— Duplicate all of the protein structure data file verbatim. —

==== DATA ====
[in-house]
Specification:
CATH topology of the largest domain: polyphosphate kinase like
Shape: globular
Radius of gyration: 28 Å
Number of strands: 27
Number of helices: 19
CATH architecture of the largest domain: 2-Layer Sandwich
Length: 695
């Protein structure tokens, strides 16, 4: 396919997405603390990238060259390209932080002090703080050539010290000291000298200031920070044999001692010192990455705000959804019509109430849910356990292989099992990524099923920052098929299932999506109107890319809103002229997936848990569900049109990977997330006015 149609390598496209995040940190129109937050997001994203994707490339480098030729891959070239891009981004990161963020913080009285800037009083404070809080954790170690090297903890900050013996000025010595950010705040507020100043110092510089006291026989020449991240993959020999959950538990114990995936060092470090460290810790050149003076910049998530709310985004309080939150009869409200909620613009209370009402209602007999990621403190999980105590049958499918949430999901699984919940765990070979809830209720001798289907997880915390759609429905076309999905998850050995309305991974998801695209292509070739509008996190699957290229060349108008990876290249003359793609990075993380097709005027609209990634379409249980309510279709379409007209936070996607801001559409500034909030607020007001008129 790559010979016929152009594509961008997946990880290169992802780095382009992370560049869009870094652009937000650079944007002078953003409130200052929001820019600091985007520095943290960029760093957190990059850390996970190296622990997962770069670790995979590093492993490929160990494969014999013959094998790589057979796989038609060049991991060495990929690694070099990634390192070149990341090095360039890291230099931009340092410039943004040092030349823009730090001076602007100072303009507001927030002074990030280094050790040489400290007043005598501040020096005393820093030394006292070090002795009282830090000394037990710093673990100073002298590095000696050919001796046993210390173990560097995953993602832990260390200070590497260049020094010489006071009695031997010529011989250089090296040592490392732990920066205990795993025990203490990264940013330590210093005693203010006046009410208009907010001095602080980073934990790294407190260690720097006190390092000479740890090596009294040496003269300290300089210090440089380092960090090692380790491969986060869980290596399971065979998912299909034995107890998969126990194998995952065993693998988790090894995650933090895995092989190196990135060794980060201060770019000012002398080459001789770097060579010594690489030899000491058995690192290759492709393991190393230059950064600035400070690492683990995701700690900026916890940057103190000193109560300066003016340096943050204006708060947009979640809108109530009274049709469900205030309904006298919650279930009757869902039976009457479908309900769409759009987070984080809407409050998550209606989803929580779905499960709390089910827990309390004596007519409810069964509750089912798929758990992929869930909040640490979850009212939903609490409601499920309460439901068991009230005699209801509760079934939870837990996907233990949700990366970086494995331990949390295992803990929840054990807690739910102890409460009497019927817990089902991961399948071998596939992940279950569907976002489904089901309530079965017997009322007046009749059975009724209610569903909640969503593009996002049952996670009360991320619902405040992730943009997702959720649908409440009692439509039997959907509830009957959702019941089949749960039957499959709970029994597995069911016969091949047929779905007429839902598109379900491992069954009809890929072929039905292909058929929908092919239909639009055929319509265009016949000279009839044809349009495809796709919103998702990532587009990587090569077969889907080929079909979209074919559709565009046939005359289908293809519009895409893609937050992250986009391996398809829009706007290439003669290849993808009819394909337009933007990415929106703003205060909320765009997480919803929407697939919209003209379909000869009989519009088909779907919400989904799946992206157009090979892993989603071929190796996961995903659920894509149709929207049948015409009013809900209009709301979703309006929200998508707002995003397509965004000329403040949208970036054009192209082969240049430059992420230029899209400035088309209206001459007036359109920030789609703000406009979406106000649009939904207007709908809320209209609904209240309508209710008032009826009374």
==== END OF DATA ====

[in-house]
Specification:
CATH topology of the largest domain: polyphosphate kinase like
Shape: globular
Radius of gyration: 28 Å
Number of strands: 27
Number of helices: 19
CATH architecture of the largest domain: 2-Layer Sandwich
Length: 695
């Protein structure tokens, strides 16, 4: 396919997405603390990238060259390209932080002090703080050539010290000291000298200031920070044999001692010192990455705000959804019509109430849910356990292989099992990524099923920052098929299932999506109107890319809103002229997936848990569900049109990977997330006015 149609390598496209995040940190129109937050997001994203994707490339480098030729891959070239891009981004990161963020913080009285800037009083404070809080954790170690090297903890900050013996000025010595950010705040507020100043110092510089006291026989020449991240993959020999959950538990114990995936060092470090460290810790050149003076910049998530709310985004309080939150009869409200909620613009209370009402209602007999990621403190999980105590049958499918949430999901699984919940765990070979809830209720001798289907997880915390759609429905076309999905998850050995309305991974998801695209292509070739509008996190699957290229060349108008990876290249003359793609990075993380097709005027609209990634379409249980309510279709379409007209936070996607801001559409500034909030607020007001008129 790559010979016929152009594509961008997946990880290169992802780095382009992370560049869009870094652009937000650079944007002078953003409130200052929001820019600091985007520095943290960029760093957190990059850390996970190296622990997962770069670790995979590093492993490929160990494969014999013959094998790589057979796989038609060049991991060495990929690694070099990634390192070149990341090095360039890291230099931009340092410039943004040092030349823009730090001076602007100072303009507001927030002074990030280094050790040489400290007043005598501040020096005393820093030394006292070090002795009282830090000394037990710093673990100073002298590095000696050919001796046993210390173990560097995953993602832990260390200070590497260049020094010489006071009695031997010529011989250089090296040592490392732990920066205990795993025990203490990264940013330590210093005693203010006046009410208009907010001095602080980073934990790294407190260690720097006190390092000479740890090596009294040496003269300290300089210090440089380092960090090692380790491969986060869980290596399971065979998912299909034995107890998969126990194998995952065993693998988790090894995650933090895995092989190196990135060794980060201060770019000012002398080459001789770097060579010594690489030899000491058995690192290759492709393991190393230059950064600035400070690492683990995701700690900026916890940057103190000193109560300066003016340096943050204006708060947009979640809108109530009274049709469900205030309904006298919650279930009757869902039976009457479908309900769409759009987070984080809407409050998550209606989803929580779905499960709390089910827990309390004596007519409810069964509750089912798929758990992929869930909040640490979850009212939903609490409601499920309460439901068991009230005699209801509760079934939870837990996907233990949700990366970086494995331990949390295992803990929840054990807690739910102890409460009497019927817990089902991961399948071998596939992940279950569907976002489904089901309530079965017997009322007046009749059975009724209610569903909640969503593009996002049952996670009360991320619902405040992730943009997702959720649908409440009692439509039997959907509830009957959702019941089949749960039957499959709970029994597995069911016969091949047929779905007429839902598109379900491992069954009809890929072929039905292909058929929908092919239909639009055929319509265009016949000279009839044809349009495809796709919103998702990532587009990587090569077969889907080929079909979209074919559709565009046939005359289908293809519009895409893609937050992250986009391996398809829009706007290439003669290849993808009819394909337009933007990415929106703003205060909320765009997480919803929407697939919209003209379909000869009989519009088909779907919400989904799946992206157009090979892993989603071929190796996961995903659920894509149709929207049948015409009013809900209009709301979703309006929200998508707002995003397509965004000329403040949208970036054009192209082969240049430059992420230029899209400035088309209206001459007036359109920030789609703000406009979406106000649009939904207007709908809320209209609904209240309508209710008032009826009374």